Like most siblings, my brother and I had very different interests and likes. I still have trouble admitting I enjoy any Madonna songs because of his slavish preteen devotion to her. He, meanwhile, simply couldn’t stand horror films. He was totally unnerved by them. Something I found funny, at the time.
We had two farm kid friends, brothers, as well. One was exactly my age and the other was exactly my brother’s. We had grown up with them, but they had moved away sometime during our grade school years and, afterwards, we only saw them when they came to visit relatives on the holidays. The spring break of my junior year, Friday the 13th: A New Beginning opened and I was determined to go. The other brothers were, as well. So one evening, despite my younger sibling’s protests, we set out to the local mall, a half hour car ride away, to see it. My diminutive but fierce mother had to safe guard us in, past the protests of the concerned, middle aged ticket takers and through the emotional struggles of my baby bro, who was totally and completely distressed about what he was about to witness.
Of course, once inside, we others had a blast tormenting him – telling him to remove his hands from his eyes before the violent sequences had finished and egging on his tension during the more quiet scenes. Ultimately, three of us left the theater very happy. One did not.
My brother and I were very different from a lot of the kids that we grew up around. It was a small town where athleticism was highly praised and mechanical and factory work was the norm. Meanwhile, my brother was an artist who loved digging through fashion magazines to discover his latest inspirations and I had already had a season or two of summer stock under my belt and had attended a couple of fancy theater programs when school was out of session. The next morning, as I was bumming through the house, half watching soap operas as I piddled around in my bare feet, I discovered an open letter that my mother had started in a notebook. She had left it on the kitchen counter. Whether it was an accident or subconsciously purposeful, I’ve never determined. It was a journal entry (of sorts) to God. She was thanking him for our cinema outing the night before. She blessed him for allowing her boys to actually act normal for once (by hanging out with regular kids) and recounted how proud she was that we actually were, at least on some level, like other teenage guys. And…thanks!
Funny…It actually, it hurts me more writing this now, thirty years later, than when I discovered it then. Somehow, thankfully, at 17, I scoffed it off, realizing how ridiculous her missive was. Despite my uncaring frivolity the previous evening, I always was aware that we were cruelly scarring my brother through our actions. She was the one who forced him to attend the film despite his obvious despair, yet now she seemed to feel there was something almost holy in her intent. Psychologically, in retrospect, I’m sure she realized that we were gay and was simply try to forestall, in action and word, the troubling realities that she would have to face head on, in later years. But in that silly and shameful moment, she could breathe for a minute, believing that we were of the stereotypically sane and proud junior members of the small town status quo.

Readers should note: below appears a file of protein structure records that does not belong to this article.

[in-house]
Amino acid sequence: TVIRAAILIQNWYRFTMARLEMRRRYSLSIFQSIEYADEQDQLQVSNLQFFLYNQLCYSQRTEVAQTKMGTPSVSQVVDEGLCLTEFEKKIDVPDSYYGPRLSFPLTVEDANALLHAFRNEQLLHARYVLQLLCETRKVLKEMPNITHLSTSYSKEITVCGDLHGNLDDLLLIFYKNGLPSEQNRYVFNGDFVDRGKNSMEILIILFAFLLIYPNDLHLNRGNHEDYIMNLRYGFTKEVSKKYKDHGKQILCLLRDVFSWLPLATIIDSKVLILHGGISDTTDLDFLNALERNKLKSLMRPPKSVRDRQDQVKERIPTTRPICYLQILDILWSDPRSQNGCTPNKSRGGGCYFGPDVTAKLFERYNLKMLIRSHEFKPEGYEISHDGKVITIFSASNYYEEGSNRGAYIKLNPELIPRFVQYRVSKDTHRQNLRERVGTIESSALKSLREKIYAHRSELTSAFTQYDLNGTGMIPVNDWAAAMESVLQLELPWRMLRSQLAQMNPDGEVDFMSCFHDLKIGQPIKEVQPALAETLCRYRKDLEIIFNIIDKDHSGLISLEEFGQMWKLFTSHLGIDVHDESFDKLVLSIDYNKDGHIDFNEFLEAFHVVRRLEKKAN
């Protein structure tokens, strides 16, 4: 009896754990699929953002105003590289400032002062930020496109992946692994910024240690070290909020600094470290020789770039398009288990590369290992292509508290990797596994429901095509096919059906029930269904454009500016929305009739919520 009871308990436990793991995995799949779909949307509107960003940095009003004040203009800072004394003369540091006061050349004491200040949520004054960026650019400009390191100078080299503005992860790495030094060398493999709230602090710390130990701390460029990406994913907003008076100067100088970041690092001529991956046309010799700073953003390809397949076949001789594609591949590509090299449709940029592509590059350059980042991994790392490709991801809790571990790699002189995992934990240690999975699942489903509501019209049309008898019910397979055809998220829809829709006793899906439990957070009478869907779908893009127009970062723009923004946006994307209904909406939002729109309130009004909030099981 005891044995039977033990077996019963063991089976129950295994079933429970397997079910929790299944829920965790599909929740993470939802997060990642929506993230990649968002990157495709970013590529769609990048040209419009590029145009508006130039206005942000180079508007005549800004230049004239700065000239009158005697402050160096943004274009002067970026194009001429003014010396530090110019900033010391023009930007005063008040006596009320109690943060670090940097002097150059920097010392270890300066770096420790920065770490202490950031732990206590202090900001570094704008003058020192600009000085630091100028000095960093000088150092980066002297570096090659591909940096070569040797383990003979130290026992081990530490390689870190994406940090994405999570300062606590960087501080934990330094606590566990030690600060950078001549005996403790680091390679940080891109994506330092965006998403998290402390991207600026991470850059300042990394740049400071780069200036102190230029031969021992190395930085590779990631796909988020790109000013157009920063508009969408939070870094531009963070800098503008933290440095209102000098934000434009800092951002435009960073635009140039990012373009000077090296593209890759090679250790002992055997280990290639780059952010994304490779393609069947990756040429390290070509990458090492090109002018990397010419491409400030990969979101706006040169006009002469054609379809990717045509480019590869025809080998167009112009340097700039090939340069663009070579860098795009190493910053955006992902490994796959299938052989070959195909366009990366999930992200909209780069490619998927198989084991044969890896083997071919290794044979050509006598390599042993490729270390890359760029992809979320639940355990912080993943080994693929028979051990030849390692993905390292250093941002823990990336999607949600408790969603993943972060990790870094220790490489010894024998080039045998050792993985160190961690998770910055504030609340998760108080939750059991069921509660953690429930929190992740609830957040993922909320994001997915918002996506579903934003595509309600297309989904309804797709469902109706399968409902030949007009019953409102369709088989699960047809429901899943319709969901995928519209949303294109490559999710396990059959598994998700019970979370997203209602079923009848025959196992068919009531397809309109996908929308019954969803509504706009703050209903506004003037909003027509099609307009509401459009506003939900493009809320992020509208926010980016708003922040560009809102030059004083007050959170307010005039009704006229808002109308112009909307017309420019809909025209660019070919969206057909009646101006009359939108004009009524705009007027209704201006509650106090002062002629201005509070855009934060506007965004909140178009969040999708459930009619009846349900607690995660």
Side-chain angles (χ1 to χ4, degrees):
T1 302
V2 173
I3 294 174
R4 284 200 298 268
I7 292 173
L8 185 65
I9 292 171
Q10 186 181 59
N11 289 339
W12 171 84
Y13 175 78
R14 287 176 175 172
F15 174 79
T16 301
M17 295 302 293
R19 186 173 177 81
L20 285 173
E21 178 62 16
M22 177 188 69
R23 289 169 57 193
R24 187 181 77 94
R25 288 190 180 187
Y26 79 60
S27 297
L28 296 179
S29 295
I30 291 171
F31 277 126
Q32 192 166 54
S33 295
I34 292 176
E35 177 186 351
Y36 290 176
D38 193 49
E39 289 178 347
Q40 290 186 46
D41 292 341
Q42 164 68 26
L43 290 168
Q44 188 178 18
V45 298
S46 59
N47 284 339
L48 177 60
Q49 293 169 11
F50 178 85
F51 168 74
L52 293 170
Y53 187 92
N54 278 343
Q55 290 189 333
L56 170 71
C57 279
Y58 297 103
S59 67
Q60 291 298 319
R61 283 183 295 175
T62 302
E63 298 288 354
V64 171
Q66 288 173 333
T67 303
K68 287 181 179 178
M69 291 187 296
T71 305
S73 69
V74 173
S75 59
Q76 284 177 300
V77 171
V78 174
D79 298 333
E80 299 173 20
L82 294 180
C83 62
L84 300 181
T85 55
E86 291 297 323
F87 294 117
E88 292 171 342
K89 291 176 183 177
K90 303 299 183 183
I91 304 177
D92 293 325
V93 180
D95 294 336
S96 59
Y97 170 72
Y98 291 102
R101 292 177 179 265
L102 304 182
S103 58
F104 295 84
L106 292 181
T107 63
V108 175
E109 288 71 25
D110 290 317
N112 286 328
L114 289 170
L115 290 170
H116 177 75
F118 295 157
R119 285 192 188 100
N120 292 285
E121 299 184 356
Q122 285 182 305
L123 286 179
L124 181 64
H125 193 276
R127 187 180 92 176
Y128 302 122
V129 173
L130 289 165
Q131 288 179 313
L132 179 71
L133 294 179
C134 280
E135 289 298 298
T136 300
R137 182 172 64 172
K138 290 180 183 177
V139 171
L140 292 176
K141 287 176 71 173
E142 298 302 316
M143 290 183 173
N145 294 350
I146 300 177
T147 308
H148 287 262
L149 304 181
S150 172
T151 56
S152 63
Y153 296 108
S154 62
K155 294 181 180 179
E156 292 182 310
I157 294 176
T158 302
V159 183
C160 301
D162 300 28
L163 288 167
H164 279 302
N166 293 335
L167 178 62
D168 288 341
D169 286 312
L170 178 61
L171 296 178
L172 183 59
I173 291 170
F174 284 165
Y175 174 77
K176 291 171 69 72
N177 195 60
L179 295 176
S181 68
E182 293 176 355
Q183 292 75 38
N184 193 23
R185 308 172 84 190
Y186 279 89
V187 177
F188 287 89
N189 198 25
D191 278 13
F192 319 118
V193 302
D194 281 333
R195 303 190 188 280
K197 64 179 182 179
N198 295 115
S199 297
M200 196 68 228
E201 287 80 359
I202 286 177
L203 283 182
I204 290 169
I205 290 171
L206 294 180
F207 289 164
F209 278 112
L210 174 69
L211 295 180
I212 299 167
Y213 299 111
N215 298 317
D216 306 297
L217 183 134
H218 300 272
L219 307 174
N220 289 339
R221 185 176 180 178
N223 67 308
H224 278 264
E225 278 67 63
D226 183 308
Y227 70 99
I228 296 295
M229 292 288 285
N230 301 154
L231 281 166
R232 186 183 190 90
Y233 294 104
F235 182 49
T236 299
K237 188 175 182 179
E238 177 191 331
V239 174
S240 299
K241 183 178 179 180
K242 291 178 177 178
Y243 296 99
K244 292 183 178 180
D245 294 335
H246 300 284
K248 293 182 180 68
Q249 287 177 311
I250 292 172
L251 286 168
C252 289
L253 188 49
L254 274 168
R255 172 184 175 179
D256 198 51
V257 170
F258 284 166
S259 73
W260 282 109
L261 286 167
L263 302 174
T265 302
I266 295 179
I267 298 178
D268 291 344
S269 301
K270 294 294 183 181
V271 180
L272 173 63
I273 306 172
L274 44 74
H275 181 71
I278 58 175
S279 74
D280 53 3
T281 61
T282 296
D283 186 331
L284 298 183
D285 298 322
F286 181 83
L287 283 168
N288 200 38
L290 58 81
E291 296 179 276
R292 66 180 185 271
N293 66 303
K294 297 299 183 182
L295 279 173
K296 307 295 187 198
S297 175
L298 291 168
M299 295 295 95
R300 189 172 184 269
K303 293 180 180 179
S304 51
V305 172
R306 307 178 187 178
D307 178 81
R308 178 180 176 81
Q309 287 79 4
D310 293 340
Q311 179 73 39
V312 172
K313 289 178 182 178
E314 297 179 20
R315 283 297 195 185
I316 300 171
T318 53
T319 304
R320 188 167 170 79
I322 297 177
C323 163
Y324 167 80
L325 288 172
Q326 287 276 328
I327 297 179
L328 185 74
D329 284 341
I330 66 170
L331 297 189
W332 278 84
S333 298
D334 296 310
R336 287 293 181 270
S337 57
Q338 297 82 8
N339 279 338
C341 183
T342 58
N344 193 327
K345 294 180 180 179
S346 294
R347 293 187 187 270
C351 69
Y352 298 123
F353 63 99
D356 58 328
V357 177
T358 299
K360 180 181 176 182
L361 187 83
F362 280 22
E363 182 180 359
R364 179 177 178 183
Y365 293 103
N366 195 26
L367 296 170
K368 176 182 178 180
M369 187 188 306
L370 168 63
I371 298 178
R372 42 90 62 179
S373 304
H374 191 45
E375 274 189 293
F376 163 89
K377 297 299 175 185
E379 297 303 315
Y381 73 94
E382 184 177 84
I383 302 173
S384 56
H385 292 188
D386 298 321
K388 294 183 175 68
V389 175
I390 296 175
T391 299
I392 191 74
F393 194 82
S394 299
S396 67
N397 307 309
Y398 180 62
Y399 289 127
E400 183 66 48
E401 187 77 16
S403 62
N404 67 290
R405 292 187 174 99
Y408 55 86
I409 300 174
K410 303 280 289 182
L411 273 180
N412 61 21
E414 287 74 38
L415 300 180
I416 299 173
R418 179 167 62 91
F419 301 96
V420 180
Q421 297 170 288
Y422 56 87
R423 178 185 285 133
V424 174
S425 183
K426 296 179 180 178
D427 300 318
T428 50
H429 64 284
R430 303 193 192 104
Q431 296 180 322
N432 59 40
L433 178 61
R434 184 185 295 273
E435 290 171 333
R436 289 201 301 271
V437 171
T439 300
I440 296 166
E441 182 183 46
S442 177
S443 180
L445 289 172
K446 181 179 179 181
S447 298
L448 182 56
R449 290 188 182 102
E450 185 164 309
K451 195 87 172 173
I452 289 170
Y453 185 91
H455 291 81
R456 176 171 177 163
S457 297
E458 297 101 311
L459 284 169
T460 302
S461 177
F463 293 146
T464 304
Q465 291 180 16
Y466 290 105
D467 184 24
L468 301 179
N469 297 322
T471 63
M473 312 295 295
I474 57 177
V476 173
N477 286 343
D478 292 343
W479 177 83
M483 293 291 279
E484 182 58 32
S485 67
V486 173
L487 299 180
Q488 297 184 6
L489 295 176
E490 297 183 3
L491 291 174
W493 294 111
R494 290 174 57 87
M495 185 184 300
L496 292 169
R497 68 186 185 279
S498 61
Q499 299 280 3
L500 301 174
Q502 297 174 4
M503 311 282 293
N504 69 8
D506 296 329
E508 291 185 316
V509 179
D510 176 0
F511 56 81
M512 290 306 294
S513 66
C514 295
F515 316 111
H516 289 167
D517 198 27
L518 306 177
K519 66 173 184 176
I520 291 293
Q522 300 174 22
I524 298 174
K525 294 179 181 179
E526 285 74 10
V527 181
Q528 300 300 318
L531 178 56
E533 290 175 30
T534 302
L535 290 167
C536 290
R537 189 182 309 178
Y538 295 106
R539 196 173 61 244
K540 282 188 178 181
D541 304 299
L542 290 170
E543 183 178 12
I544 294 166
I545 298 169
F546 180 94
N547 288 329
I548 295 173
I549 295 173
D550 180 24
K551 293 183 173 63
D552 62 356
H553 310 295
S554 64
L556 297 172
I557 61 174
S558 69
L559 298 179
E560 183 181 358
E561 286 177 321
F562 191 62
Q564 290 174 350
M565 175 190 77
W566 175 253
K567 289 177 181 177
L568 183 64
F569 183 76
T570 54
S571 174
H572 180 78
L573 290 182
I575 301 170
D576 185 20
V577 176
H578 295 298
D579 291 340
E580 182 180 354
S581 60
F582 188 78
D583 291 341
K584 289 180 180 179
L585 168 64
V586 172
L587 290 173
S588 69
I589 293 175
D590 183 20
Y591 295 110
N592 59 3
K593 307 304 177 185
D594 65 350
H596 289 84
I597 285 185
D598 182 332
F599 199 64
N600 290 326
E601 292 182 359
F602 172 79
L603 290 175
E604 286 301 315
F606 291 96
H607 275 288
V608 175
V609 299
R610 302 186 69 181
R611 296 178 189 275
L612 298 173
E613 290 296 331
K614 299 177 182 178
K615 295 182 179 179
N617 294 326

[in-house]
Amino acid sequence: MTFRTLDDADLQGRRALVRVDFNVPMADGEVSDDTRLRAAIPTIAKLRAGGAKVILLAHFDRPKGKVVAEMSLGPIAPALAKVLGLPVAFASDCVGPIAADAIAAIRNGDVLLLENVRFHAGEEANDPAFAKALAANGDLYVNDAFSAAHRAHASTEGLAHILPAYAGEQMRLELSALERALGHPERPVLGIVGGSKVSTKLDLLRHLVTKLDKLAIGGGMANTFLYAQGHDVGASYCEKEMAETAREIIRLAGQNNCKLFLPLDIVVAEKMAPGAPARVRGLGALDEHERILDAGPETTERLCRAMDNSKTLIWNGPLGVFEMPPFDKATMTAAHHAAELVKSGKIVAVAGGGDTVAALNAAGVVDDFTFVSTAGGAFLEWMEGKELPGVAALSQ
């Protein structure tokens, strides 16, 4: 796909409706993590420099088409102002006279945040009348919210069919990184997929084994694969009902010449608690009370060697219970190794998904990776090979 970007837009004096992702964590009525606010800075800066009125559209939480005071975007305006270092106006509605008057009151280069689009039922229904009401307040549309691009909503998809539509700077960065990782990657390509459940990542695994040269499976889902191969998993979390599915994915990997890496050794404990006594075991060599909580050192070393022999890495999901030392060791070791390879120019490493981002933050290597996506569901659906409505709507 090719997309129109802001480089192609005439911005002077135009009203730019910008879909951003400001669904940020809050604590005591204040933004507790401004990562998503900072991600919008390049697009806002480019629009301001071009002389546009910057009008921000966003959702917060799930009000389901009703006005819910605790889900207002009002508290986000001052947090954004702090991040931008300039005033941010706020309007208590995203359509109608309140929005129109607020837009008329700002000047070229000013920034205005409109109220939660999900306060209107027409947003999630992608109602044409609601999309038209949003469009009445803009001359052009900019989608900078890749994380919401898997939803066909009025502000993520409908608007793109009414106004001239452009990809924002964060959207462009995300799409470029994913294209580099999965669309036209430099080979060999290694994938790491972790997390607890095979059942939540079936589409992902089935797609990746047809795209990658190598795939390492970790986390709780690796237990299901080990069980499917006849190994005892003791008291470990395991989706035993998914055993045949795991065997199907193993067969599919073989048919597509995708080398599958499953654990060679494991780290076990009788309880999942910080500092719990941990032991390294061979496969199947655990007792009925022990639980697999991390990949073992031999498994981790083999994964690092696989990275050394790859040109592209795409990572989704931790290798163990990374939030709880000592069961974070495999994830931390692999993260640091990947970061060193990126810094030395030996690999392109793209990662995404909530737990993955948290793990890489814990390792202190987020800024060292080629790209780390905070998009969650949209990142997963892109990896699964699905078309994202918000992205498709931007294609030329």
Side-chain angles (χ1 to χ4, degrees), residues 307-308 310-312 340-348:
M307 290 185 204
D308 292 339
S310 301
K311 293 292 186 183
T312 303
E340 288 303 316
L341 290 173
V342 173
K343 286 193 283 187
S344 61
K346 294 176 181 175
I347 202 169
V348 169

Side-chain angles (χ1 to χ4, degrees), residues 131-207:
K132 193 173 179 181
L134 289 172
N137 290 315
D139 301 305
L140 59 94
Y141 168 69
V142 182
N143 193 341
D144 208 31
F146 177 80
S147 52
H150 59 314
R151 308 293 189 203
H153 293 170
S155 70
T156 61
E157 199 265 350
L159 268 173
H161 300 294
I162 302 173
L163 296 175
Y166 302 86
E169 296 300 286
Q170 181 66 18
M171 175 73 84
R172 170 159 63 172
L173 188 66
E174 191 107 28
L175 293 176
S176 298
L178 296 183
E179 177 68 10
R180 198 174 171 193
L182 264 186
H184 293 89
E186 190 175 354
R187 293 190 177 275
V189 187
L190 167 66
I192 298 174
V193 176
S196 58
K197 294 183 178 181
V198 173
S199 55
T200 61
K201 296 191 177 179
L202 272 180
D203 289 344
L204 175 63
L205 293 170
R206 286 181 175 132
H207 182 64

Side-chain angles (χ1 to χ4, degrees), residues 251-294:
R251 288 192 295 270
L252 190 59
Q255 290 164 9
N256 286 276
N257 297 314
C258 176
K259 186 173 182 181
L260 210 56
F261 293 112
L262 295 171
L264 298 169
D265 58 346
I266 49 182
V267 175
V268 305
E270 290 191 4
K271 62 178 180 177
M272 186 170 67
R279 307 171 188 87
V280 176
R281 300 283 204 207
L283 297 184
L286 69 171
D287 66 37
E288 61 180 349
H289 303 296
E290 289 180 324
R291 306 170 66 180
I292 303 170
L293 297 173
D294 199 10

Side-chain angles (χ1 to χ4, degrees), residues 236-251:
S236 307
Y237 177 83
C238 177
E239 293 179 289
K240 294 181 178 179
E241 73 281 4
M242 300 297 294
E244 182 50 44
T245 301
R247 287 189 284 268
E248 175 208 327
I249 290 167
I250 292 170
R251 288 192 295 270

But, what she didn’t realize, and what I probably couldn’t have articulated fully at the time, was that I never wanted to be considered normal. I wanted to live in cities and know poets and playwrights and alt rockers. I wanted to act in plays and film and television. I wanted to be, in my own way, mythical and above the ordinary and the last thing I wanted to be like were these two very common friends of mine (who I planned to leave behind as soon as I could) – or anyone that I knew at the time, for that matter. And while my insecurities and self-doubts have been major stumbling blocks on more than one occasion – that is the life, to one degree or another, that I’ve led.
Which leads me back to Friday the 13th: A New Beginning. More than pure nostalgia, I love it because, unlike other slasher films of the day, its victims weren’t jock assholes or pretty socialites that you couldn’t wait to see get the crossbow. The film took place in a halfway house for kids and no one there was…say it together, now…normal.
Who can forget Debisue Voorhees’ giddy, uncontrollable laughter as the carefree Tina or Dominick Brasca’s sweet pout and eager energy as the eternally friendless, socially awkward Joey? For many others, this may be the Halloween III of the series with its fake Jason, but for me it features John Shepard’s method work as the tortured, barely sane Tommy and the brash hope provided by Shavar Ross’ young and practically abandoned Reggie. Nicely, the film is even anchored by a more sophisticated final girl, Melanie Kinnaman’s very effective and concerned counselor, Pam. Most significantly, though, the film features the beyond awesome, punkish Violet, arguably one of the series’ best remembered characters. She is enacted passionately by the divine Tiffany Helm, who even helped clothe the character Siouxsie-style and provided the iconic robot dance moves for her memorable death scene.
Yes, like me and so many other horror fans, this film features characters that weren’t of the straight laced vanguard and didn’t want to be. They, like us, were brilliant outsiders and I can’t imagine any misguided, sorrowful note from their mother’s ever bringing them down, as well. Hell, anyone with half (a stabbed out) brain knows only fake Jason could do that!
Until the next time – SWEET love and pink GRUE, Big Gay Horror Fan!